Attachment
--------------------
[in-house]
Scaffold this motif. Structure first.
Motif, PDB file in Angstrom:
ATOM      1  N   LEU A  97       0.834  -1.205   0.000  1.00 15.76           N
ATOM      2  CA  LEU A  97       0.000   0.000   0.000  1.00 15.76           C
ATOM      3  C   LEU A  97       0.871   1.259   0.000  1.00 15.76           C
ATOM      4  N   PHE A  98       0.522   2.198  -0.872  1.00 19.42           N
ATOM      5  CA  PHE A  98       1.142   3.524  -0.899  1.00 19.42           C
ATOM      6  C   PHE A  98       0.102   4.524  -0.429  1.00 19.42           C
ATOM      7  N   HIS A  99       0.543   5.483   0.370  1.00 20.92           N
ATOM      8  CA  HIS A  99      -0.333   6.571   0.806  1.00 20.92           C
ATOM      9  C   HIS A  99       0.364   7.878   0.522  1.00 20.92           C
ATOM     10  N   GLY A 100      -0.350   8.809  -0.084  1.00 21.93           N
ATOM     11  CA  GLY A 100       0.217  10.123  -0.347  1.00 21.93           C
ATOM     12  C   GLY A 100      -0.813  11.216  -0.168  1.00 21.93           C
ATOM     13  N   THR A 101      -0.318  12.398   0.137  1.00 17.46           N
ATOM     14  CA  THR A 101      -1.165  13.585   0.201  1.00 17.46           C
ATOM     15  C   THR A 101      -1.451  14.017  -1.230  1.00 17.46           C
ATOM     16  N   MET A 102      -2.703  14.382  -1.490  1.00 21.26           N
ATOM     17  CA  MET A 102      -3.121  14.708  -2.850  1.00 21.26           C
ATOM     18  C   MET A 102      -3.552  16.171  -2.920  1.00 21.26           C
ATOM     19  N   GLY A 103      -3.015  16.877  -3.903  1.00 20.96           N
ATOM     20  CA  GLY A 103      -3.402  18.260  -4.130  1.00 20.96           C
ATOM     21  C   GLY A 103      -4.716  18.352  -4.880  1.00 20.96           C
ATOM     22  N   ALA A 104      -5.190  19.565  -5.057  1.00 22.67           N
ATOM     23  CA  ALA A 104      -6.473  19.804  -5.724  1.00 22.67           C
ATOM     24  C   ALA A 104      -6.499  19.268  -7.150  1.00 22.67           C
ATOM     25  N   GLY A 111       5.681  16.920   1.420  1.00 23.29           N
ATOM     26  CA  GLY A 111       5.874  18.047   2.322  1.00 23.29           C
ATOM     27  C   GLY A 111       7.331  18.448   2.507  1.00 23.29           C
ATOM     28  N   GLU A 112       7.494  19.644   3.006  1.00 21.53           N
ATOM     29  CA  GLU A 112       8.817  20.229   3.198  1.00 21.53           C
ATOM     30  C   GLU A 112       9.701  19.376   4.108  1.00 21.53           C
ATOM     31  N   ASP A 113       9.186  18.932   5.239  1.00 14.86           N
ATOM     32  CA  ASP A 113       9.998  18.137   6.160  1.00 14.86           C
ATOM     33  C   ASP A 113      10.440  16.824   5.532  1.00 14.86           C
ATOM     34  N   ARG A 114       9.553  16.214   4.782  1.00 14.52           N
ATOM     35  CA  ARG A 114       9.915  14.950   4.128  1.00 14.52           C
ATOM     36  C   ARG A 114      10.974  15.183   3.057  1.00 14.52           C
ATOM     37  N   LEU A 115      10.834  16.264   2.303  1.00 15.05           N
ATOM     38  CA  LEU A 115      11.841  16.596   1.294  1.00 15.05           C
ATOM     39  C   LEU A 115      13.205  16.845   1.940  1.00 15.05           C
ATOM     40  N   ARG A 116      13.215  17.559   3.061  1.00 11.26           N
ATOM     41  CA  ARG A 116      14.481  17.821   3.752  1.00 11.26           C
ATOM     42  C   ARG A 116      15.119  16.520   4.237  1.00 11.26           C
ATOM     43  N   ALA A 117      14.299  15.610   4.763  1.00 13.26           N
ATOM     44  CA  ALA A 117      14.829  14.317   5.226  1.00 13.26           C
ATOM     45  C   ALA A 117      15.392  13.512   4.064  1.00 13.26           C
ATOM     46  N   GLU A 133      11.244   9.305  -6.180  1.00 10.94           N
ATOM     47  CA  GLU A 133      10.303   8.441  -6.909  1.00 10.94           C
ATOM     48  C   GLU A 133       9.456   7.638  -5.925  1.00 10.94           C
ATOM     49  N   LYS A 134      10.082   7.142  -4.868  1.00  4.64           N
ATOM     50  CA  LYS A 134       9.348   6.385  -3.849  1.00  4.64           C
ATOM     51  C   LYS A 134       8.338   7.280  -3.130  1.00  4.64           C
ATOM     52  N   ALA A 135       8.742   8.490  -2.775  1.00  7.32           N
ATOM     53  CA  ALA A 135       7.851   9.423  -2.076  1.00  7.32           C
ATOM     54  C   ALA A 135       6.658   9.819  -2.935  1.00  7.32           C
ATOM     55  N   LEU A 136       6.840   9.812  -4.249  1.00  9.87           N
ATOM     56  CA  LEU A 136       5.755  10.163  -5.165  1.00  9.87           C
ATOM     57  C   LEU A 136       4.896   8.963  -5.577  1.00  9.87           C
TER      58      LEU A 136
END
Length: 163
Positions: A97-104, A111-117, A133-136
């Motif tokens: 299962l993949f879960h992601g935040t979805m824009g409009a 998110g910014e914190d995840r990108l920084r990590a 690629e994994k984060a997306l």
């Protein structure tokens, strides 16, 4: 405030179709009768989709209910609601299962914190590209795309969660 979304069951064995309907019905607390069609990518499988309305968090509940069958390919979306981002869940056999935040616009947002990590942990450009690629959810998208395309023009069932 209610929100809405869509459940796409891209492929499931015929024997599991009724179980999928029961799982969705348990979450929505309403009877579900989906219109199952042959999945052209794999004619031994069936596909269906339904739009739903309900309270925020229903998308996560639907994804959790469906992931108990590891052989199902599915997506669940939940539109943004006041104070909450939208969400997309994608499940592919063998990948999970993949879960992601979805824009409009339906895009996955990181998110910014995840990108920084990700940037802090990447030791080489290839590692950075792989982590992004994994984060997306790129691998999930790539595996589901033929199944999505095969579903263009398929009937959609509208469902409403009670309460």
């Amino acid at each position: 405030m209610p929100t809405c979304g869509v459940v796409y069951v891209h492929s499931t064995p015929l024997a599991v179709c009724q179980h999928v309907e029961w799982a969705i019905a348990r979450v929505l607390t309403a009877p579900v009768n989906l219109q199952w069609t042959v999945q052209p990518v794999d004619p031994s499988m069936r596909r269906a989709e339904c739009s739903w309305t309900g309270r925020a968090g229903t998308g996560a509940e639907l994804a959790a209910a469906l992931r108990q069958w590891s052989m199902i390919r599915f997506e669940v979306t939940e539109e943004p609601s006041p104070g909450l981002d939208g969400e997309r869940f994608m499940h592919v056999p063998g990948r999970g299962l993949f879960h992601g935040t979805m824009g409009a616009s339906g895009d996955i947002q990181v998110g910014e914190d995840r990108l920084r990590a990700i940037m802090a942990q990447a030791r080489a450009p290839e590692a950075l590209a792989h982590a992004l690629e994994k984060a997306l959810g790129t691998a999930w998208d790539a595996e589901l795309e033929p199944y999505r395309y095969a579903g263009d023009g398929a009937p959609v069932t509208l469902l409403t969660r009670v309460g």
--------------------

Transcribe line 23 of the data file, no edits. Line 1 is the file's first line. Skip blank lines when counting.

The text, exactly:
ATOM     20  CA  GLY A 103      -3.402  18.260  -4.130  1.00 20.96           C